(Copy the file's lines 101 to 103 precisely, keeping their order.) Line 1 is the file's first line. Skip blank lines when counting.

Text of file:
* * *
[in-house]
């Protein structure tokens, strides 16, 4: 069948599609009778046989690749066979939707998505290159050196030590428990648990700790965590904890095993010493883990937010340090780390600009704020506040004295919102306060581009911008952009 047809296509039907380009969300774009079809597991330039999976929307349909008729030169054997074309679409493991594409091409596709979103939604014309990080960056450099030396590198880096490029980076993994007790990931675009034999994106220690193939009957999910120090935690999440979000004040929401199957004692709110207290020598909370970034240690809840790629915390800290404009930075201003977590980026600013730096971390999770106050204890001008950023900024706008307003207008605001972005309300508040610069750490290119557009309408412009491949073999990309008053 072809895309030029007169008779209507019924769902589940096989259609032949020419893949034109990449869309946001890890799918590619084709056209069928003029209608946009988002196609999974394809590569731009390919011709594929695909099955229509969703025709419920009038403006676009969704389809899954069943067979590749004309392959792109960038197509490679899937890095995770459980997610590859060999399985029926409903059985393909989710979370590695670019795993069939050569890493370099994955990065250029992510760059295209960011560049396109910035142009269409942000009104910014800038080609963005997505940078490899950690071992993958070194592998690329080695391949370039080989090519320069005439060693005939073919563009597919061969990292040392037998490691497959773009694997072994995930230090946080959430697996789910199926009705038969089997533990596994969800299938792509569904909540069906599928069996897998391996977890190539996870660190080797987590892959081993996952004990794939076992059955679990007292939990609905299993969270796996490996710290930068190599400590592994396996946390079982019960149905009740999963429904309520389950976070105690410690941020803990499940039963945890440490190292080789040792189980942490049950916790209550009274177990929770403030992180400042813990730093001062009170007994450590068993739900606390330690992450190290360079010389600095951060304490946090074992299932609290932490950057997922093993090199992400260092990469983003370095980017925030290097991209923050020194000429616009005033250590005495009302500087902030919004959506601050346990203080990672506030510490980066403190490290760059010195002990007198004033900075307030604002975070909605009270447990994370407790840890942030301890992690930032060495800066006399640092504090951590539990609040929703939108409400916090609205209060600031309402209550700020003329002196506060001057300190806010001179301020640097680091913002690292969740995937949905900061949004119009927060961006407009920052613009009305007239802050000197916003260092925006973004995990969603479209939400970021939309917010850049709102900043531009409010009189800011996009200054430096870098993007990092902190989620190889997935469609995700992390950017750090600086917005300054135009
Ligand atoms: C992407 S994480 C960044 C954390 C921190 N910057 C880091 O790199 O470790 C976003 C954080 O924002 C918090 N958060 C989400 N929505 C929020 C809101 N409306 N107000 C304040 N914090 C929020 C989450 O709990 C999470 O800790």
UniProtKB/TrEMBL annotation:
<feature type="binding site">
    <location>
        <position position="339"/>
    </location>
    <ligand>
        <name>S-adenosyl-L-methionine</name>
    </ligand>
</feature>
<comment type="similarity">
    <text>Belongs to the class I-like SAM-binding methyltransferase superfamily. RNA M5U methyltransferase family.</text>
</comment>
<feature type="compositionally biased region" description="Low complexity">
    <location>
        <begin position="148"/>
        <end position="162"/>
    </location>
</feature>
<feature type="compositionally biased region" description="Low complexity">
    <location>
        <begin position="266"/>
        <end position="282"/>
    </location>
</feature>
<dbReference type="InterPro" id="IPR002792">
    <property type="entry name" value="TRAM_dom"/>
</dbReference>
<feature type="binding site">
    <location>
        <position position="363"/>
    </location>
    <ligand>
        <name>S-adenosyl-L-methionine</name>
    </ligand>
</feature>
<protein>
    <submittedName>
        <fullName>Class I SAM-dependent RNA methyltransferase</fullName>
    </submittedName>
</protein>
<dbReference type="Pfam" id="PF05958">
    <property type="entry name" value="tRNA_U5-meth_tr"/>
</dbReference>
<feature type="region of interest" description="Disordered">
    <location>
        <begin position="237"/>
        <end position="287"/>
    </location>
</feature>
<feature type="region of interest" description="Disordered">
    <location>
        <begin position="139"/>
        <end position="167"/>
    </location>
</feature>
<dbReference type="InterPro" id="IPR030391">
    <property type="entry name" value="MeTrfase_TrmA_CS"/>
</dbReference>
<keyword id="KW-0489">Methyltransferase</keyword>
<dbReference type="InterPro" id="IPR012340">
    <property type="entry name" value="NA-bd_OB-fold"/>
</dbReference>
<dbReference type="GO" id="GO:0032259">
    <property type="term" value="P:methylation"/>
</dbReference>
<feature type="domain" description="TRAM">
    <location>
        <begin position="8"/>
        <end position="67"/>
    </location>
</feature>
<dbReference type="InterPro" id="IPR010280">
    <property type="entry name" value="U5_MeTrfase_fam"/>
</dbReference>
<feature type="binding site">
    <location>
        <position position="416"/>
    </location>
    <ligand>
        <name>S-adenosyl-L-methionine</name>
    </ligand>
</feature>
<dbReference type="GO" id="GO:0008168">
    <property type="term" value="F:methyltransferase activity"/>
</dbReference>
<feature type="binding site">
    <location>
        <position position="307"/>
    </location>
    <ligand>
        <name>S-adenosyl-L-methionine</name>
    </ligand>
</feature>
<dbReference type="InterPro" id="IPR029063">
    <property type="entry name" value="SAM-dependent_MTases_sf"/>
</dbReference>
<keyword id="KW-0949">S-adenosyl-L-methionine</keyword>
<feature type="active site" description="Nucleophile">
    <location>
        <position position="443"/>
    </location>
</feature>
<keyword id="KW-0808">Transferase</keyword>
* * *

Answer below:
<feature type="active site" description="Nucleophile">
    <location>
        <position position="443"/>